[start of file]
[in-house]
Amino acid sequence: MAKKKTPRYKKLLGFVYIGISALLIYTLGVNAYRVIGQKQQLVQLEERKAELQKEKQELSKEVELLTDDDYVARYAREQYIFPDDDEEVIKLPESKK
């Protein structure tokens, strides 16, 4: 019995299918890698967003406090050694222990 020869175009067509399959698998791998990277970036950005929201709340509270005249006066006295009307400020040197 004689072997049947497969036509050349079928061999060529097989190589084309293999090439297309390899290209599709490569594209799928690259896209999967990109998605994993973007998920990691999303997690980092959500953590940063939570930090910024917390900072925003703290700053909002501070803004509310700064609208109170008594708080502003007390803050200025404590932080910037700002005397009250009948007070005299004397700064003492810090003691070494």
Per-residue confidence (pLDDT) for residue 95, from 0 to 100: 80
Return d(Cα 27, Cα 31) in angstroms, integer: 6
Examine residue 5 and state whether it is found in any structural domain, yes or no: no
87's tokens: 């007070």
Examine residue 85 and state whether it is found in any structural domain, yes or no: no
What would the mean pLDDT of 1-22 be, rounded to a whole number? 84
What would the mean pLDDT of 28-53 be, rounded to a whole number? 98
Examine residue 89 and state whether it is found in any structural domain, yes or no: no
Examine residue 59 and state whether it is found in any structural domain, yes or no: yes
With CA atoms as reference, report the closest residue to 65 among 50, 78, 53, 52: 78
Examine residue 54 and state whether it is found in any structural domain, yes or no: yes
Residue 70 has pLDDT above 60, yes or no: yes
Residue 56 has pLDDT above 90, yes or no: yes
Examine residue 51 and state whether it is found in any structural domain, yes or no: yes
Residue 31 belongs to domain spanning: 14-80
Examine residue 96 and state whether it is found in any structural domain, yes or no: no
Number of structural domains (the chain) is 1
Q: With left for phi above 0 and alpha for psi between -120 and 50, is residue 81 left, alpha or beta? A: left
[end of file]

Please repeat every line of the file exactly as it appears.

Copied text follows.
[in-house]
Amino acid sequence: MAKKKTPRYKKLLGFVYIGISALLIYTLGVNAYRVIGQKQQLVQLEERKAELQKEKQELSKEVELLTDDDYVARYAREQYIFPDDDEEVIKLPESKK
């Protein structure tokens, strides 16, 4: 019995299918890698967003406090050694222990 020869175009067509399959698998791998990277970036950005929201709340509270005249006066006295009307400020040197 004689072997049947497969036509050349079928061999060529097989190589084309293999090439297309390899290209599709490569594209799928690259896209999967990109998605994993973007998920990691999303997690980092959500953590940063939570930090910024917390900072925003703290700053909002501070803004509310700064609208109170008594708080502003007390803050200025404590932080910037700002005397009250009948007070005299004397700064003492810090003691070494």
Per-residue confidence (pLDDT) for residue 95, from 0 to 100: 80
Return d(Cα 27, Cα 31) in angstroms, integer: 6
Examine residue 5 and state whether it is found in any structural domain, yes or no: no
87's tokens: 């007070």
Examine residue 85 and state whether it is found in any structural domain, yes or no: no
What would the mean pLDDT of 1-22 be, rounded to a whole number? 84
What would the mean pLDDT of 28-53 be, rounded to a whole number? 98
Examine residue 89 and state whether it is found in any structural domain, yes or no: no
Examine residue 59 and state whether it is found in any structural domain, yes or no: yes
With CA atoms as reference, report the closest residue to 65 among 50, 78, 53, 52: 78
Examine residue 54 and state whether it is found in any structural domain, yes or no: yes
Residue 70 has pLDDT above 60, yes or no: yes
Residue 56 has pLDDT above 90, yes or no: yes
Examine residue 51 and state whether it is found in any structural domain, yes or no: yes
Residue 31 belongs to domain spanning: 14-80
Examine residue 96 and state whether it is found in any structural domain, yes or no: no
Number of structural domains (the chain) is 1
Q: With left for phi above 0 and alpha for psi between -120 and 50, is residue 81 left, alpha or beta? A: left